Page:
Facing the Flag eBook

This eBook from the Gutenberg Project consists of approximately 203 pages of information about Facing the Flag.

Such conduct is unworthy of me.  I flattered myself that I would remain calm under all circumstances and here I am acting like a child.

The absence of any rolling or lurching movement at least proves that we are not yet at sea.  Instead of crossing Pamlico Sound, may we not be going in the opposite direction, up the River Neuse?  No!  What would they go further inland for?  If Thomas Roch has been carried off from Healthful House, his captors obviously mean to take him out of the United States—­probably to a distant island in the Atlantic, or to some point on the European continent.  It is, therefore, not up the Neuse that our maritime machine, whatever it may be, is going, but across Pamlico Sound, which must be as calm as a mirror.

Very well, then, when we get to sea I shall soon, know, for the vessel will rock right enough in the swell off shore, even though there be no wind,—­unless I am aboard a battleship, or big cruiser, and this I fancy can hardly be!

But hark!  If I mistake not—­no, it was not imagination—­I hear footsteps.  Some one is approaching the side of the compartment where the door is.  One of the crew no doubt.  Are they going to let me out at last?  I can now hear voices.  A conversation is going on outside the door, but it is carried on in a language that I do not understand.  I shout to them—­I shout again, but no answer is vouchsafed.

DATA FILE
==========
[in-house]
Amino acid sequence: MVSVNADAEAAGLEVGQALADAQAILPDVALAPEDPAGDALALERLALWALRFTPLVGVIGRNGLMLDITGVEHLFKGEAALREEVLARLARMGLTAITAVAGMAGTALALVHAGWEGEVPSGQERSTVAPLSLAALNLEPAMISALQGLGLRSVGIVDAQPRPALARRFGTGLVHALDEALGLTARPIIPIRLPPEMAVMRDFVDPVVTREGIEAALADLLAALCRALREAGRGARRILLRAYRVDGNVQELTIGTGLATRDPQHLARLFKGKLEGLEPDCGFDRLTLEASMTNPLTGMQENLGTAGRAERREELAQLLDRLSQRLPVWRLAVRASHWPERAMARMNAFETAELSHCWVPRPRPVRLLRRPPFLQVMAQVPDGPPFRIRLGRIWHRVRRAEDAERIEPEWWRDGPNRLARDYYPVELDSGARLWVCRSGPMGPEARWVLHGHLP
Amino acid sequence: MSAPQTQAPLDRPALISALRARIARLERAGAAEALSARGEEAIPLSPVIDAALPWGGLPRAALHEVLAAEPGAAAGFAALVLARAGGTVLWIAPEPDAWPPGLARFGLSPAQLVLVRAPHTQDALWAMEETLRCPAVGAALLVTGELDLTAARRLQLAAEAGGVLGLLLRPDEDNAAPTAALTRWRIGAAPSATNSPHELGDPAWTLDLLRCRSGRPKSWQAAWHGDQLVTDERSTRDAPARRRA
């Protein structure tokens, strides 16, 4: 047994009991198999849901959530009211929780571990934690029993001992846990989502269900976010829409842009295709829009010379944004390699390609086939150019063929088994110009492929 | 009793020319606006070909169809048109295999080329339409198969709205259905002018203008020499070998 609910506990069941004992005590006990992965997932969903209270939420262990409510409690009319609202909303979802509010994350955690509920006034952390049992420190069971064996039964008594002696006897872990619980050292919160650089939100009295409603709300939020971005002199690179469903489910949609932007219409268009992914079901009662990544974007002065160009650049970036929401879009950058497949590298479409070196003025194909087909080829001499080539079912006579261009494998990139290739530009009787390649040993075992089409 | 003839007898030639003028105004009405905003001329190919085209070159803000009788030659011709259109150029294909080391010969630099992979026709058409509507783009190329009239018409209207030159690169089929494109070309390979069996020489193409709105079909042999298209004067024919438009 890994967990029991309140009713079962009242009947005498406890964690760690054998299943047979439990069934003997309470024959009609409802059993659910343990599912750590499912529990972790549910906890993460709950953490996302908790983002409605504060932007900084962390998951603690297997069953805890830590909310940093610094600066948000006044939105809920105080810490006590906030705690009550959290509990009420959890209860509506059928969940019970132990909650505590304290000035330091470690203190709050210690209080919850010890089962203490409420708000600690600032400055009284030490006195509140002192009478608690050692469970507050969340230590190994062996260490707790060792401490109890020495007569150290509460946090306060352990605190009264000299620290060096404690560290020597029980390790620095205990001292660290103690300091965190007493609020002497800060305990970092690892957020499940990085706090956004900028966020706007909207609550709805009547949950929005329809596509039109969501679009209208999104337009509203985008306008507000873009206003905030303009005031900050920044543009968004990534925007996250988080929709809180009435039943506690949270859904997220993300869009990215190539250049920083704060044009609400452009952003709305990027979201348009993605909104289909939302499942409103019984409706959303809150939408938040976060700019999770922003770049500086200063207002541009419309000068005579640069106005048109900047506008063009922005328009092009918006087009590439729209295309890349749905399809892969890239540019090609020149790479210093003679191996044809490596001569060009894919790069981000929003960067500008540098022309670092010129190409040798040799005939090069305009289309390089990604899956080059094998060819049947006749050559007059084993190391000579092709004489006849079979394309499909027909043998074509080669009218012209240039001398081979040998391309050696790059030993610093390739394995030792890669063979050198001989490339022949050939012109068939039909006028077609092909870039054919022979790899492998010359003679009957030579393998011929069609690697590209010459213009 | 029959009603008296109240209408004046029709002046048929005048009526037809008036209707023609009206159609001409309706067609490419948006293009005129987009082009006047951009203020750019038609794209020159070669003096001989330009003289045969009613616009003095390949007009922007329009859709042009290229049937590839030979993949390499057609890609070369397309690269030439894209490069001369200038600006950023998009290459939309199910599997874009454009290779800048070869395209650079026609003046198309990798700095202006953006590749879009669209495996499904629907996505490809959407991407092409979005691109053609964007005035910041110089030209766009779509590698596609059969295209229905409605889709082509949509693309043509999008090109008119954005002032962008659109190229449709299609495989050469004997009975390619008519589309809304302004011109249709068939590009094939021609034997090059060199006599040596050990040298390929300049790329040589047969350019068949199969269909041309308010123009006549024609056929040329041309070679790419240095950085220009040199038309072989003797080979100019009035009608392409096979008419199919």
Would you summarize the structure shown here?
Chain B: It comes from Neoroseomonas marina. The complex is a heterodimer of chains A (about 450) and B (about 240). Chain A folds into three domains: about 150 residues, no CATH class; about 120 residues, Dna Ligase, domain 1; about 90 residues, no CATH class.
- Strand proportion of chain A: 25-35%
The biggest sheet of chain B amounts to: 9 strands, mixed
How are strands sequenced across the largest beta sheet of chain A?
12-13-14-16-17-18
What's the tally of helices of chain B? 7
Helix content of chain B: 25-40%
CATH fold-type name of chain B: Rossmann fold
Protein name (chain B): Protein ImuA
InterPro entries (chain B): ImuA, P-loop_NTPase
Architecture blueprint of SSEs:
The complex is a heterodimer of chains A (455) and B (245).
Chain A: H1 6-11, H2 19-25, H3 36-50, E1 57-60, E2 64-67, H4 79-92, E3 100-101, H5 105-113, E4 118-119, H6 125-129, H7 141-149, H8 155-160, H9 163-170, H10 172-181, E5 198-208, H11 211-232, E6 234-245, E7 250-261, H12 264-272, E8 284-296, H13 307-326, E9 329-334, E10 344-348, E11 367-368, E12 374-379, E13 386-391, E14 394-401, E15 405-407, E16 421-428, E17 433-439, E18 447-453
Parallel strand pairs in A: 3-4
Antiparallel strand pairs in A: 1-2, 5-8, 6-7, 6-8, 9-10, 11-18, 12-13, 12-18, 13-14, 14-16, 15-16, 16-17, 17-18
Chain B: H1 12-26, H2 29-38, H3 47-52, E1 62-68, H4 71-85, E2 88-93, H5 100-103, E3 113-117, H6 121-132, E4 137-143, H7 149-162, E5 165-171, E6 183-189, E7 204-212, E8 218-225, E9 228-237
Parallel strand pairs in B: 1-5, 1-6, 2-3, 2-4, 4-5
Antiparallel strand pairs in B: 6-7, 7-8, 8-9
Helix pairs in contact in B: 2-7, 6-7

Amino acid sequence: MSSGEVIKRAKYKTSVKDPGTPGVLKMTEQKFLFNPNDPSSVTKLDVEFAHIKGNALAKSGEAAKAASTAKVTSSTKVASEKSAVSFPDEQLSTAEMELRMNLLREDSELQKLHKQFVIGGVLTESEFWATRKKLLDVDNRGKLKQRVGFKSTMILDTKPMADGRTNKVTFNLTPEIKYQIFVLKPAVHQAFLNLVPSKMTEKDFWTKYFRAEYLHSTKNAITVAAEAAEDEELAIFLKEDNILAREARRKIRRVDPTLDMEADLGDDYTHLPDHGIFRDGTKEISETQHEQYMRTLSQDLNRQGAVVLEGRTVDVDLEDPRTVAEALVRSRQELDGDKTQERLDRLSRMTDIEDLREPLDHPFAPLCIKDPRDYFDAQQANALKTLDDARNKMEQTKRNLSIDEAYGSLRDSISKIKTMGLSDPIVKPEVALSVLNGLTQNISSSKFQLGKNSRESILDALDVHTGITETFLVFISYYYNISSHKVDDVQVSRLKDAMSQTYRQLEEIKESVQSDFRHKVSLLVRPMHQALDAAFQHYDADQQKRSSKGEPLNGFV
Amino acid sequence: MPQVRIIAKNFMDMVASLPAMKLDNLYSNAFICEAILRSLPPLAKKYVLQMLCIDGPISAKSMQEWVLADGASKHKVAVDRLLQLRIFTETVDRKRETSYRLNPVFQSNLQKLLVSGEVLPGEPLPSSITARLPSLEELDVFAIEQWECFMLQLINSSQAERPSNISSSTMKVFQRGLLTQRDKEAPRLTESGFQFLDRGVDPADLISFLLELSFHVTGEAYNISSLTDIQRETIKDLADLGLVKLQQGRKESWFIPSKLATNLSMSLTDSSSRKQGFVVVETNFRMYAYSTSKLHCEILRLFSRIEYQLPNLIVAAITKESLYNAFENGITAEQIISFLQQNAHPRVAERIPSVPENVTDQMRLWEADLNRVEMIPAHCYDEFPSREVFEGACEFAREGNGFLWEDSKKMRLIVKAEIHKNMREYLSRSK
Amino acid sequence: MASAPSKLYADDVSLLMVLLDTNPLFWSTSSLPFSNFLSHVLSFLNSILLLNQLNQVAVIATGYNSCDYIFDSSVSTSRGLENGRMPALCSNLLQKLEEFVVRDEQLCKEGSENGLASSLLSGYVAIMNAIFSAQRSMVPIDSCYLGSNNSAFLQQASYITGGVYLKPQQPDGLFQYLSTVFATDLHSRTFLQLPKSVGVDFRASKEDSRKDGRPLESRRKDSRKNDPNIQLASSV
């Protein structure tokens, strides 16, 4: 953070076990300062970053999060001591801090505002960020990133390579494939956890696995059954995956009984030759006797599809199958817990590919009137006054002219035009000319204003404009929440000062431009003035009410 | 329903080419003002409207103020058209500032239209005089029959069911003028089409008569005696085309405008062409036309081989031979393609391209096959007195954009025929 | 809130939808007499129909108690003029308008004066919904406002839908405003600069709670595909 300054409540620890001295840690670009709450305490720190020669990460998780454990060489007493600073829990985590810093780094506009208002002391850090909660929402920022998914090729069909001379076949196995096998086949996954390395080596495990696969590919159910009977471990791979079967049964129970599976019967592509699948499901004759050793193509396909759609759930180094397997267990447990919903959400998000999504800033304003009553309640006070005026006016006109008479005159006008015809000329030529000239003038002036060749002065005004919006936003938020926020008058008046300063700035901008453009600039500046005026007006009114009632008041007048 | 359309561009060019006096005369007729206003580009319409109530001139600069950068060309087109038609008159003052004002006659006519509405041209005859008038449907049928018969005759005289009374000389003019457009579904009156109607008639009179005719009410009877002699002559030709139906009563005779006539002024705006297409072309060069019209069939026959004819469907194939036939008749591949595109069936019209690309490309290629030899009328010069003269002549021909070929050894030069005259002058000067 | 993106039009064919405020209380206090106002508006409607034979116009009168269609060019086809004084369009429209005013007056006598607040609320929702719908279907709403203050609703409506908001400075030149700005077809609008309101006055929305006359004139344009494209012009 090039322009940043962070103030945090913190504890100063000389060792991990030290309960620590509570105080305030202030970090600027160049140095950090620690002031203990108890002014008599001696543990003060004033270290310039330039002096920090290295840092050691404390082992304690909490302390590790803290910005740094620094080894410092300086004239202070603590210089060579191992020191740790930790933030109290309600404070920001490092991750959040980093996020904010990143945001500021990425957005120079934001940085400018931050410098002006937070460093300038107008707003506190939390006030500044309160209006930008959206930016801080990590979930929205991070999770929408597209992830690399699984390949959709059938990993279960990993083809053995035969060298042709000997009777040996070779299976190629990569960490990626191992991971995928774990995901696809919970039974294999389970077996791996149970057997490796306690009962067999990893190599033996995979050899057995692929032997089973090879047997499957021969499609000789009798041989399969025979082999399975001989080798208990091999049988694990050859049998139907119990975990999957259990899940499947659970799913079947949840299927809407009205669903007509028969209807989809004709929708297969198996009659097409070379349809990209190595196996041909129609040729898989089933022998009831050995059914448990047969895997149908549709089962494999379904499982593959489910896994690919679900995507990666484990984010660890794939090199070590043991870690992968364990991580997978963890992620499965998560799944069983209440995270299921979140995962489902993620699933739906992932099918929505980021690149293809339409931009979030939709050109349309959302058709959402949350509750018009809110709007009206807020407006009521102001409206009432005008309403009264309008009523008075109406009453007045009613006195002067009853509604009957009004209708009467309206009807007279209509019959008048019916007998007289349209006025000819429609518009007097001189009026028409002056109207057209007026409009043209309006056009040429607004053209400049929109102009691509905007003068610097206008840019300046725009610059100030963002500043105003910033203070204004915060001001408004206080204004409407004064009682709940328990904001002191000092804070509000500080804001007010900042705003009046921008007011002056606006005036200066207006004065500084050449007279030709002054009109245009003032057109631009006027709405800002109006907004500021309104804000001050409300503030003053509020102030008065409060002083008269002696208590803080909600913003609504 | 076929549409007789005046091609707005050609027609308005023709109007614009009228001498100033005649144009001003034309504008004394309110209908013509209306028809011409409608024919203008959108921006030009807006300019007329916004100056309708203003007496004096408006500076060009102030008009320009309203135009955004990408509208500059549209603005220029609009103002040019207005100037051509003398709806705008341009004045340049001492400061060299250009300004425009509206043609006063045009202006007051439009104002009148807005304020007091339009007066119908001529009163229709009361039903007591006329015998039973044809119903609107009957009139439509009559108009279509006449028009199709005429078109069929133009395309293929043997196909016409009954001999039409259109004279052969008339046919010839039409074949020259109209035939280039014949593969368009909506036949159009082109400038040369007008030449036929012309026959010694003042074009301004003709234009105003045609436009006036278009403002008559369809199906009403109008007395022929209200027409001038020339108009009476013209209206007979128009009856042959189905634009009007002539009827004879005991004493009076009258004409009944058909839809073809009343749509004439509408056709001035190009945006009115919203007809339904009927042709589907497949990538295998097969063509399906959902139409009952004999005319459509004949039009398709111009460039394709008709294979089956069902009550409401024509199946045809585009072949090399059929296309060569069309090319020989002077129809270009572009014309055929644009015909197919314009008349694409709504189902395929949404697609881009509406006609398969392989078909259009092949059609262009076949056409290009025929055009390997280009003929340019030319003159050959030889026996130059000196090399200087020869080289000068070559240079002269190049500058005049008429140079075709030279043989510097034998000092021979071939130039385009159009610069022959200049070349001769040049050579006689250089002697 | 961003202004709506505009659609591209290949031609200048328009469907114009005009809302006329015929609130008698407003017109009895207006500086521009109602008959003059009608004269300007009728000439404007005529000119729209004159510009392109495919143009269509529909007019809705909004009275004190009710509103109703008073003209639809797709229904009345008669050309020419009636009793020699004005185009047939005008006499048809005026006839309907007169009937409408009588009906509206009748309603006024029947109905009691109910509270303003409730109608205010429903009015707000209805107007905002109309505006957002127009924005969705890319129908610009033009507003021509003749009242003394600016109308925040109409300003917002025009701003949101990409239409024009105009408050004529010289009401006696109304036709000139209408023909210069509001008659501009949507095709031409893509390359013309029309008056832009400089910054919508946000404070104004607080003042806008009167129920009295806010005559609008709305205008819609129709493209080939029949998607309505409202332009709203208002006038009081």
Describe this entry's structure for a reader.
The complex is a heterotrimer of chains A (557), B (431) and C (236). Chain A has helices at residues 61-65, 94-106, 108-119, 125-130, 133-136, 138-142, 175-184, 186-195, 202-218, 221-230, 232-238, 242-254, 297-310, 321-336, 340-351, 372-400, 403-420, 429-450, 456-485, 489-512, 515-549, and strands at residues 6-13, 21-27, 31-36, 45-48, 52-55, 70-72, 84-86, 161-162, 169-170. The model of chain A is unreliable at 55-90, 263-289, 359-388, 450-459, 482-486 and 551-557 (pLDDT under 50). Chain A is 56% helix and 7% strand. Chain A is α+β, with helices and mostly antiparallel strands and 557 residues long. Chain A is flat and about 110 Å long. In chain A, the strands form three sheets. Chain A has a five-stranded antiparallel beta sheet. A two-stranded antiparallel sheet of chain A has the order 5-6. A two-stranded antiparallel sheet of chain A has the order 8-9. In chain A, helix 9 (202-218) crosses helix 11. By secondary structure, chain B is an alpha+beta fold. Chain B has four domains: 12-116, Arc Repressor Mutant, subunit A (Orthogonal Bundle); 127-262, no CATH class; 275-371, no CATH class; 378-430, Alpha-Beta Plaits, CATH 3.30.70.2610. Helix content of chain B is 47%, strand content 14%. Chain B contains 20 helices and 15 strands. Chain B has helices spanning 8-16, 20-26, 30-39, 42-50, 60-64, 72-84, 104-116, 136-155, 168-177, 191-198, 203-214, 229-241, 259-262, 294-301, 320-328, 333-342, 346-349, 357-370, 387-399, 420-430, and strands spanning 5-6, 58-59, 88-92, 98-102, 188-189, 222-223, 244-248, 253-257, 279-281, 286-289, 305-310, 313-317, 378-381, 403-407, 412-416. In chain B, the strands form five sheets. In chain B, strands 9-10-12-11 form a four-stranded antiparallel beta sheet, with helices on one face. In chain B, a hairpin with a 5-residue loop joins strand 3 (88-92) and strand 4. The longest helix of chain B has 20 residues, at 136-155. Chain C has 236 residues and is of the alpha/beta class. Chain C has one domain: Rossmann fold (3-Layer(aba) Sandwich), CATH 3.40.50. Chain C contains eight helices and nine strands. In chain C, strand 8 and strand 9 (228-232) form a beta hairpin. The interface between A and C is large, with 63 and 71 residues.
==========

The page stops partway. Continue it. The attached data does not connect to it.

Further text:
There is nothing to do, then, but wait, wait, wait!  I keep repeating the word and it rings in my ears like a bell.

Let me try to calculate how long I have been here.  The ship must have been under way for at least four or five hours.  I reckon it must be past midnight, but I cannot tell, for unfortunately my watch is of no use to me in this Cimmerian darkness.

Now, if we have been going for five hours, we must have cleared Pamlico Sound, whether we issued by Ocracoke or Hatteras inlet, and must be off the coast a good mile, at least.  Yet I haven’t felt any motion from the swell of the sea.

It is inexplicable, incredible!  Come now, have I made a mistake?  Am I the dupe of an illusion?  Am I not imprisoned in the hold of a ship under way?

Another hour has passed and the movement of the ship suddenly ceases; I realize perfectly that she is stationary.  Has she reached her destination?  In this event we can only be in one of the coast ports to the north or south of Pamlico Sound.  But why should Thomas Roch be landed again?  The abduction must soon have been discovered, and our kidnappers would run the greatest risk of falling into the hands of the authorities if they attempted to disembark.

However this may be, if the vessel is coming to anchor I shall hear the noise of the chain as it is paid out, and feel the jerk as the ship is brought up.  I know that sound and that jerk well from experience, and I am bound to hear and feel them in a minute or two.

I wait—­I listen.

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Facing the Flag from Project Gutenberg. Public domain.
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